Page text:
From 2005-2010, Chicago's injury-causing and fatal bicycles crashes were most concentrated in neighborhoods just north and west of the Loop. In specific, approximately 37% of all injury-causing bicycle crashes and 34% of all fatal and serious bicycle crashes occurred in the area extending north through Lincoln Park to Lakeview and extending West through Wicker Park, Bucktown, and Logan Square. However, 1/3 of all miles ridden on bicycles in Chicago occurred in this area as well. There were also more bicycle collisions on major roadways extending from the Loop, including Milwaukee Avenue, Lincoln Avenue and Clark Street. Approximately 55% of all bicycle collisions occurred at intersections.


During the years included in the study, there was not a single cause accounting for the majority of bicycle crashes, but motorists' failure to yield accounted for 40% of all bicycle crashes. In addition, approximately 40% of all bicycle crashes occurred when bicyclists were traveling against traffic. At controlled intersections, the likelihood of being involved in a bicycle collision doubled when bicyclists crossed intersections against traffic signals.

Perhaps the most notable trend among Chicago bicycling fatalities related to bicycle helmet use. Of the 29 bicycling fatalities in Chicago between 2005-2010, only one of the bicyclists was wearing a helmet. In addition, 75% of bicyclists taken to trauma centers following a collision were not wearing helmets. Drunk driving was not a statistically significant factor in relation to bicyclist fatalities.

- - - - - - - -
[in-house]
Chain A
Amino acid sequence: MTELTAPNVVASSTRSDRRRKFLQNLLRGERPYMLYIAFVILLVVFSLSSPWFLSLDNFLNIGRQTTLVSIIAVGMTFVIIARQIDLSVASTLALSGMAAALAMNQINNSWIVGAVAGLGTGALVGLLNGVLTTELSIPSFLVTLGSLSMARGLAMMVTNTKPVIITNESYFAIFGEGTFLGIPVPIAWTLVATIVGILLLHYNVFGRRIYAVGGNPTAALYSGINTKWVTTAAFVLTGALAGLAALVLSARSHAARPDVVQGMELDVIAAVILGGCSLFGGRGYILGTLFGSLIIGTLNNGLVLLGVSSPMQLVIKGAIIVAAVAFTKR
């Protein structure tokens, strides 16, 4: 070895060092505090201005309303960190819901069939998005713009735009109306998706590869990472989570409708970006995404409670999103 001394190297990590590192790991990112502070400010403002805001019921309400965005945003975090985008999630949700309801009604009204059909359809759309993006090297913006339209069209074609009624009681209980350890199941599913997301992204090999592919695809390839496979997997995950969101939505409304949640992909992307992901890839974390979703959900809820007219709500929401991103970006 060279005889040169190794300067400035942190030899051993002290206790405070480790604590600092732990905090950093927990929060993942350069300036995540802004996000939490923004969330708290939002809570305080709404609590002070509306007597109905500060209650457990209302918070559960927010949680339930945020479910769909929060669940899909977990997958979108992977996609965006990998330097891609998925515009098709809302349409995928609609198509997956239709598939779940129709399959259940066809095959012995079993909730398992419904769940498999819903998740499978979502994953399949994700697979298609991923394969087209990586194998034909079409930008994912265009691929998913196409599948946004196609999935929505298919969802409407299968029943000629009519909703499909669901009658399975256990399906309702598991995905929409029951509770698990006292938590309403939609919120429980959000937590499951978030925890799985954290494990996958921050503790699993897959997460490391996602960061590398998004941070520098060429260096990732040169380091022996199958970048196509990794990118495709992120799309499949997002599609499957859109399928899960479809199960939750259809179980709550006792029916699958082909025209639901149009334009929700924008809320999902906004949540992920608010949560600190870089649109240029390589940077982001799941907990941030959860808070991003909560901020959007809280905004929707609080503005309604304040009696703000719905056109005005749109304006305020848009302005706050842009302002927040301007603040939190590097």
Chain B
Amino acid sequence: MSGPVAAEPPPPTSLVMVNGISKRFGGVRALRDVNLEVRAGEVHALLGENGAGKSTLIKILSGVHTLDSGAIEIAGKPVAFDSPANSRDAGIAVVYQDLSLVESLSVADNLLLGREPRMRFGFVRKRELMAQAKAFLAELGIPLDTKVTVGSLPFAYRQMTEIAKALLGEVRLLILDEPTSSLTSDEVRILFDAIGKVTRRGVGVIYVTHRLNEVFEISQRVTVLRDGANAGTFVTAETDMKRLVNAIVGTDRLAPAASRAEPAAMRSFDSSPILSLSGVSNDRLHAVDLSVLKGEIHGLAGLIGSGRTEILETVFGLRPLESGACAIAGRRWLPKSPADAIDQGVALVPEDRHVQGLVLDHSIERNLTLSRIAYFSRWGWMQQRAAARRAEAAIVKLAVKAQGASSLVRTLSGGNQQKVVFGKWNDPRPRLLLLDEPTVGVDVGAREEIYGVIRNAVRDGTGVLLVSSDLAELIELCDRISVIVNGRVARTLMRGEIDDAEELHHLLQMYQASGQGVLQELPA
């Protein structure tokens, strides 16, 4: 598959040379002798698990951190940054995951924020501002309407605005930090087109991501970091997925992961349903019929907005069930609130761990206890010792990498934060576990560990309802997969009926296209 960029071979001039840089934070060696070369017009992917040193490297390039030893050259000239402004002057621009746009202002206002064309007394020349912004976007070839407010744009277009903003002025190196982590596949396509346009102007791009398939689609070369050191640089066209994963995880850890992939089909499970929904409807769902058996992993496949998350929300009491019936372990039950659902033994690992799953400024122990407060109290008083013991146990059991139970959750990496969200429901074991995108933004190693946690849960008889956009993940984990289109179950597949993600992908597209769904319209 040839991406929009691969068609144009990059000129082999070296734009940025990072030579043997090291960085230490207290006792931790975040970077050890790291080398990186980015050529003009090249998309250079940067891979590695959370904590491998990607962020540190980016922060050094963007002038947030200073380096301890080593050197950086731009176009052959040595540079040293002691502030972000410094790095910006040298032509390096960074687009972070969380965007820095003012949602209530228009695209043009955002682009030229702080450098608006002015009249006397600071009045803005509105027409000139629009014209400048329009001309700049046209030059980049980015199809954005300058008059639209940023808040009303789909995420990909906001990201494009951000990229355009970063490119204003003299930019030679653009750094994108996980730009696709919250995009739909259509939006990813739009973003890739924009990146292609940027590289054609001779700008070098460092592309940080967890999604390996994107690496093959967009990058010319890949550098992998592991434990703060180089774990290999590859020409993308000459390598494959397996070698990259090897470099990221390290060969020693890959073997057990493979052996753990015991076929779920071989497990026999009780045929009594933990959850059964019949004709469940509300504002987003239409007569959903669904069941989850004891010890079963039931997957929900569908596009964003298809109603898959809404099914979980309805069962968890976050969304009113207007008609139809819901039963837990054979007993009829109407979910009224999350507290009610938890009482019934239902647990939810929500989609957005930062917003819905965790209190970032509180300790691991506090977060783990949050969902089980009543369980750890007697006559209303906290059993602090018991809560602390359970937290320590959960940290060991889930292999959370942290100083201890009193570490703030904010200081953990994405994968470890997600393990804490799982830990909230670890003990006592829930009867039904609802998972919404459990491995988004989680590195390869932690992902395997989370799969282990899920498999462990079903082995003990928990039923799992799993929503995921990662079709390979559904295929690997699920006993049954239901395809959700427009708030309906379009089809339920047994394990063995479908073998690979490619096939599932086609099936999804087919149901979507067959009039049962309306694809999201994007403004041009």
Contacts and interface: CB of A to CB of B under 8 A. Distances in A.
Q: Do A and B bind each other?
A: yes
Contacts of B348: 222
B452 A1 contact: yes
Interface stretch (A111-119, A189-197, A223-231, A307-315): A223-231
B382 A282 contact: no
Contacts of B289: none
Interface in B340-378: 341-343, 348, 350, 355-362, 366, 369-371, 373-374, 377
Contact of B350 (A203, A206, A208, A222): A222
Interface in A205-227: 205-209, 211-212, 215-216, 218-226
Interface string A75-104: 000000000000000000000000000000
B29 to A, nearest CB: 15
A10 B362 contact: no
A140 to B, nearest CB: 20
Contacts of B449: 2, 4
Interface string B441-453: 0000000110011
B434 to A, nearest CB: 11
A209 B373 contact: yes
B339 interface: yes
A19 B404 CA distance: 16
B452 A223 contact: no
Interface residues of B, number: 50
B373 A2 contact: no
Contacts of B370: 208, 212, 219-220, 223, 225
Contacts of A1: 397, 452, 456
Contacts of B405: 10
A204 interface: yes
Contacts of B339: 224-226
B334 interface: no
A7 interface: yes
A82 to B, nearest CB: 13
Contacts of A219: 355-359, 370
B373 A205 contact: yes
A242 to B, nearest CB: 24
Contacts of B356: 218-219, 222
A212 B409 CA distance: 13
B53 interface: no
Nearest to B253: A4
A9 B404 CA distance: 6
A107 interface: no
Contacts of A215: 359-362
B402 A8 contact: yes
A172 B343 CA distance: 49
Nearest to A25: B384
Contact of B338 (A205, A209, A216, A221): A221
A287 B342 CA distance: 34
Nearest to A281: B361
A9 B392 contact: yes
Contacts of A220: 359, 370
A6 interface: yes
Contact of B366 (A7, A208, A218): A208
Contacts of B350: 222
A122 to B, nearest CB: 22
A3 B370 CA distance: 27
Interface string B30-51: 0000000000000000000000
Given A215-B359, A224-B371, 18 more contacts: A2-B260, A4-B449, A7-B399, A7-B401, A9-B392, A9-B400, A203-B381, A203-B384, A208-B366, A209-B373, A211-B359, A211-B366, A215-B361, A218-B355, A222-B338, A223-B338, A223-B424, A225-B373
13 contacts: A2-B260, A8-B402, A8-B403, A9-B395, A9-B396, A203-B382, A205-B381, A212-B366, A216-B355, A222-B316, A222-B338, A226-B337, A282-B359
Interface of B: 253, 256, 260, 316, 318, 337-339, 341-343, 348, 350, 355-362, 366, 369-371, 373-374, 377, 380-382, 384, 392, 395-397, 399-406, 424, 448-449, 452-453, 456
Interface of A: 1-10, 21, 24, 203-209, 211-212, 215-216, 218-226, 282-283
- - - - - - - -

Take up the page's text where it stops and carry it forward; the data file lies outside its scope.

How - The Takeaway

The Chicago Department of Transportation concluded its report by discussing  a number of recommendations to help achieve its goal of reducing the number of bicycle crashes in Chicago by 50% over the next five years. The Chicago DOT's recommendations focus on five specific areas: (1) roadway design and engineering solutions, (2) education and marketing solutions, (3) data and reporting solutions, (4) enforcement solutions and (5) policy solutions, which are discussed at length in the DOT's report.

The Illinois Bicycle Lawyers at Keating Law Offices appreciate and fully support the efforts of the Chicago DOT to investigate the causes of the alarming number of bicycling collisions that occur in Chicago each year. As the leading Illinois firm in the field of bicycle litigation, we are routinely shocked by the circumstances resulting in our clients' injuries and believe that the vast majority of the collisions we see firsthand are preventable. We applaud the Chicago DOT in its strategic effort to take calculated steps to decrease the number of bicycling injuries and fatalities in our city.

If you have any questions regarding this post or an issue involving Illinois personal injury law, please contact Illinois Bicycle Attorney Mike Keating at 312-208-7702 or 24 hours a day, 7 days a week. All e-mails and phone calls are returned promptly. All initial consultations are confidential and free.